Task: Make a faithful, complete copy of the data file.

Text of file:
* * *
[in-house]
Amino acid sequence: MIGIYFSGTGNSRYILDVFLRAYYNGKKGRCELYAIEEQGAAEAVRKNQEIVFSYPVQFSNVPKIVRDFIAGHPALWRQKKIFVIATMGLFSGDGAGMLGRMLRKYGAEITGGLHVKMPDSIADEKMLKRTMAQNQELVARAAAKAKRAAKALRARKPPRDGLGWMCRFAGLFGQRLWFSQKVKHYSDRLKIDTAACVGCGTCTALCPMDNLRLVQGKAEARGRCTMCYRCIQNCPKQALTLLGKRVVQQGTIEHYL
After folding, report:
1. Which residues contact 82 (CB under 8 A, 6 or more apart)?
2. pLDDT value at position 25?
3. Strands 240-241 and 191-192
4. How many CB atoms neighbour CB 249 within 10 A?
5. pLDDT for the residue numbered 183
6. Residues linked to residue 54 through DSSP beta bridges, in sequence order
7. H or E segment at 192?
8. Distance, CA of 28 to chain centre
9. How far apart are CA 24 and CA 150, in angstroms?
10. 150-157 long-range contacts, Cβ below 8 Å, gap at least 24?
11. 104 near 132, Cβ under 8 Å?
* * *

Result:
[in-house]
Amino acid sequence: MIGIYFSGTGNSRYILDVFLRAYYNGKKGRCELYAIEEQGAAEAVRKNQEIVFSYPVQFSNVPKIVRDFIAGHPALWRQKKIFVIATMGLFSGDGAGMLGRMLRKYGAEITGGLHVKMPDSIADEKMLKRTMAQNQELVARAAAKAKRAAKALRARKPPRDGLGWMCRFAGLFGQRLWFSQKVKHYSDRLKIDTAACVGCGTCTALCPMDNLRLVQGKAEARGRCTMCYRCIQNCPKQALTLLGKRVVQQGTIEHYL
After folding, report:
1. Which residues contact 82 (CB under 8 A, 6 or more apart)?
2. pLDDT value at position 25?
3. Strands 240-241 and 191-192
4. How many CB atoms neighbour CB 249 within 10 A?
5. pLDDT for the residue numbered 183
6. Residues linked to residue 54 through DSSP beta bridges, in sequence order
7. H or E segment at 192?
8. Distance, CA of 28 to chain centre
9. How far apart are CA 24 and CA 150, in angstroms?
10. 150-157 long-range contacts, Cβ below 8 Å, gap at least 24?
11. 104 near 132, Cβ under 8 Å?